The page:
We cannot adequately thank Sharp, Robbins & Popwell, Cobb Plumbing, and our own facilities crew for their incredible efforts. They have been very generous to the school with their time and resources, I really do not know how we could have dealt with the flooding without them. We have been blessed by the assistance of professionals who specialize in this kind of mitigation, and we are very glad to have so many Harding friends were willing to help.

What Are The Plans To Address Future Flooding Issues?
Although the obstruction in the pipe was identified and cleared by mid-week we have obvious and substantial engineering and water retention issues left to address. Even with our excellent insurance coverage, there are limits to what is covered. The costs associated with deductibles, mitigation, and relocation of events are significant. In addition, ongoing professional services are required to assess and implement solutions for future flooding issues. We must also consult with civil engineers, architects, and city officials to determine the most efficient and cost effective solutions. These professional consultations and services, while necessary, are also expensive.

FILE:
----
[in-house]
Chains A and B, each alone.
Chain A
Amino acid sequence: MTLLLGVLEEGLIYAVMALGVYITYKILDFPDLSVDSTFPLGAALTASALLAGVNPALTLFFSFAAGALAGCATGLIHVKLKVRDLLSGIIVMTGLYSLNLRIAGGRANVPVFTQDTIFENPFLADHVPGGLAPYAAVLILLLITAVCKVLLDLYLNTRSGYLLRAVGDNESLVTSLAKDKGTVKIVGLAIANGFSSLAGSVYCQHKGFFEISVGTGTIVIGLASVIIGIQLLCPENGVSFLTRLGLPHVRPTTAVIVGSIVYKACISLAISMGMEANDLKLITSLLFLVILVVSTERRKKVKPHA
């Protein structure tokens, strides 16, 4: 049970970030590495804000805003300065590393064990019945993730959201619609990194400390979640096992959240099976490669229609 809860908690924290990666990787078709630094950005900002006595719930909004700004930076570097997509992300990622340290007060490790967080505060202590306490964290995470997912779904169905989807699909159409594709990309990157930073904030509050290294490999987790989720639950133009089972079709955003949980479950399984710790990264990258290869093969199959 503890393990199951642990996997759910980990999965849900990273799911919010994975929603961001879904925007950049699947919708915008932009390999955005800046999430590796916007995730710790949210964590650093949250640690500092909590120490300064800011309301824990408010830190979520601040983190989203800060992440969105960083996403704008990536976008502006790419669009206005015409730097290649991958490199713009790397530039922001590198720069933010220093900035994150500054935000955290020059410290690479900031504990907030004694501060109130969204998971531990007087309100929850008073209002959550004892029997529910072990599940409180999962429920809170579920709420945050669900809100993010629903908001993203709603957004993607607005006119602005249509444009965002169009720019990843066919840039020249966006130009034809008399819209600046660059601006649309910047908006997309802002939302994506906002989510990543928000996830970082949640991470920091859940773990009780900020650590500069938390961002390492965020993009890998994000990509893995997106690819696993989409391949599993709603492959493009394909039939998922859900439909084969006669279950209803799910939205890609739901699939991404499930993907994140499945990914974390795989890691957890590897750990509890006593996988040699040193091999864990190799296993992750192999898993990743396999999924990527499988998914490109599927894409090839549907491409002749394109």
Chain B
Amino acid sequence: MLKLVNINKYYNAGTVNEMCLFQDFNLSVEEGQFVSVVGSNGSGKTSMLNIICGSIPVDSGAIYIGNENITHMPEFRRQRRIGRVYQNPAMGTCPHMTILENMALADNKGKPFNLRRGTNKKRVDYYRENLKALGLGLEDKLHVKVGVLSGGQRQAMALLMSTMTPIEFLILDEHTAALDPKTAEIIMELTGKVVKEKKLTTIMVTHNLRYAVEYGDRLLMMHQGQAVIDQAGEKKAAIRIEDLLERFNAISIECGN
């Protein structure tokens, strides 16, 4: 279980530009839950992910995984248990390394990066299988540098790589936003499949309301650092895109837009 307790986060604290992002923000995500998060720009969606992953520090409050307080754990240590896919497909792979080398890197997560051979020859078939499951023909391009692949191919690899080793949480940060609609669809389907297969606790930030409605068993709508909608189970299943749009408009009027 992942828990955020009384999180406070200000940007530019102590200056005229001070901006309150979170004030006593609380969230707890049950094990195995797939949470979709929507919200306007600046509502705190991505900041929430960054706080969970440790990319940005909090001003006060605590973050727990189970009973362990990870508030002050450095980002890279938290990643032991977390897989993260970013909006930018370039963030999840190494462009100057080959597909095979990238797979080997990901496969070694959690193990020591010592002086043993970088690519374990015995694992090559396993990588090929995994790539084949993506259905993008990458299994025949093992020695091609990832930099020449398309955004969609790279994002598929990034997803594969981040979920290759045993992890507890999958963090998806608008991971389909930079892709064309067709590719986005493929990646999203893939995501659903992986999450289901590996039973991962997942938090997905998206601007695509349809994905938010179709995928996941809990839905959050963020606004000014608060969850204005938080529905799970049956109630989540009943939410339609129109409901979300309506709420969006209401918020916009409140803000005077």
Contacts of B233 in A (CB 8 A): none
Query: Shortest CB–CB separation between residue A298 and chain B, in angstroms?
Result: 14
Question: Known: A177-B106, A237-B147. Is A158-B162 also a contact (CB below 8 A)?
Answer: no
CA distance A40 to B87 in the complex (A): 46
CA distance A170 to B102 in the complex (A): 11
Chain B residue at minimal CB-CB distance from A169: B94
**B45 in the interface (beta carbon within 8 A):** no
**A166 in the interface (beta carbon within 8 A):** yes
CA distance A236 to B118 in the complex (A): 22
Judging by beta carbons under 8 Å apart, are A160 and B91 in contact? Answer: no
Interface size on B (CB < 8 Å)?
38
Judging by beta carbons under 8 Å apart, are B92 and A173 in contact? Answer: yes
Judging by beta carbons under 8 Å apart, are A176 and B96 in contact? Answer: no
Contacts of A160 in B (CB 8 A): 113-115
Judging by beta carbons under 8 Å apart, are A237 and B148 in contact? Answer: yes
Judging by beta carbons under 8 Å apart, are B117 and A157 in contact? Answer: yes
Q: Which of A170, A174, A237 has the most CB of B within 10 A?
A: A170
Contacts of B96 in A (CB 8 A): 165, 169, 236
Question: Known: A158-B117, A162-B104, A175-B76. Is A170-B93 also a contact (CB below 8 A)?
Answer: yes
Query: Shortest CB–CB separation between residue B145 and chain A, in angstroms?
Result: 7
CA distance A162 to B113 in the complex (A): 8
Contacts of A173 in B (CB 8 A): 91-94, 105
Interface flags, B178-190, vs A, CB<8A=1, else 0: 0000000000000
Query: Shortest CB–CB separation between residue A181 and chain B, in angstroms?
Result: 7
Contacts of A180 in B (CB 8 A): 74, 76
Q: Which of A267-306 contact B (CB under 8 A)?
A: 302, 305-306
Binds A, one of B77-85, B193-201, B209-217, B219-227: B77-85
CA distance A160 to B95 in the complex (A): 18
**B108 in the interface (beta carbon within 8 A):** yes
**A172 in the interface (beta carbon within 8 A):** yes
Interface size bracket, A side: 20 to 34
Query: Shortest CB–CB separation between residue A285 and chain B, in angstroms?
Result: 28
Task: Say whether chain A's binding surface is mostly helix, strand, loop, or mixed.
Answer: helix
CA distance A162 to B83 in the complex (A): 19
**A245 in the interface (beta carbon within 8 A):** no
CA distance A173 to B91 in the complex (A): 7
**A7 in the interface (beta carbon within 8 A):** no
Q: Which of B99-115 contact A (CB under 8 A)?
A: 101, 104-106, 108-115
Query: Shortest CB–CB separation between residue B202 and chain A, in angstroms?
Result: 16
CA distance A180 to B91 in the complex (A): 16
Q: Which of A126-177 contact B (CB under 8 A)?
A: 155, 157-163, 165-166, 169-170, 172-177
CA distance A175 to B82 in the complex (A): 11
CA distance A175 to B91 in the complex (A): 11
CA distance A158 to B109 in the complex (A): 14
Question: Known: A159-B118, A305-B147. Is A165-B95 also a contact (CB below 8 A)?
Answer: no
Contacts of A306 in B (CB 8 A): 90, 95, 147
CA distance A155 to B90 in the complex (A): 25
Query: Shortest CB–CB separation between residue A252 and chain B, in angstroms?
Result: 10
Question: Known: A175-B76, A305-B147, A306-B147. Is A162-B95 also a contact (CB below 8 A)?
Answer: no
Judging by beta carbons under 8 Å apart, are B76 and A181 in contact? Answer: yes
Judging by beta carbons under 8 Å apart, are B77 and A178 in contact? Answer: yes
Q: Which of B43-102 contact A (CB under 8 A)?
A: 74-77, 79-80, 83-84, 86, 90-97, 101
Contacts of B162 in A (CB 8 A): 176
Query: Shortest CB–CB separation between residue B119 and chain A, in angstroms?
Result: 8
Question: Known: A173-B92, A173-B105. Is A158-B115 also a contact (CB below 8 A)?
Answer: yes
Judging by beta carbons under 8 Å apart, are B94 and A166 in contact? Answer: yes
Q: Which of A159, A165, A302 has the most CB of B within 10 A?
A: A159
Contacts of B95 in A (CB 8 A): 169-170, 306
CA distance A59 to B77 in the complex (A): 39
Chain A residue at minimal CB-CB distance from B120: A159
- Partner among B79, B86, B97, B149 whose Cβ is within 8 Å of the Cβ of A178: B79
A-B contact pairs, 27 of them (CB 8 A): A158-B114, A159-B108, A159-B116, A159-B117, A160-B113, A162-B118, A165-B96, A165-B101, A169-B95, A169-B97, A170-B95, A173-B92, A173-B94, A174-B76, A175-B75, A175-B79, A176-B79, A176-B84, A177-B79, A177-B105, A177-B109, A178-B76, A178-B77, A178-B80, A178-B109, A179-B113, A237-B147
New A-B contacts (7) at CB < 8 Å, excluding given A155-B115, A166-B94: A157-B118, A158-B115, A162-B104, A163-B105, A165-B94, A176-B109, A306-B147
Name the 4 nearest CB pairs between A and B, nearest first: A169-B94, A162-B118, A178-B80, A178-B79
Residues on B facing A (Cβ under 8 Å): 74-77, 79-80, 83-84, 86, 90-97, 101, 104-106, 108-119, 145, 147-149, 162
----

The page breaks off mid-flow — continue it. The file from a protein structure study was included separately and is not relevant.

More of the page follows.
We had already reassessed each phase of our Steadfast campaign to focus on projects that will allow us effectively and efficiently to address our water retention issues on our property along Cherry Road east of the drainage ditch and on our playing fields located above the underground drainage pipe. Each of our Steadfast projects now includes an increased budget to address drainage and water retention capacity.

Please help us to recover from these most recent flood events and to address future flooding issues responsibly by actively participating in this campaign, both by giving yourself and by asking others to do the same. It is essential that these increased costs do not limit our ability to move forward with our summer projects as planned.

Thank you for your patience, prayers, and encouragement as we continue to deal with this situation. We ask that you please continue to pray for Harding Academy and that you support our efforts to mitigate future flooding issues effectively and responsibly by giving to the Steadfast campaign.


In Christ,
Mr. Williamson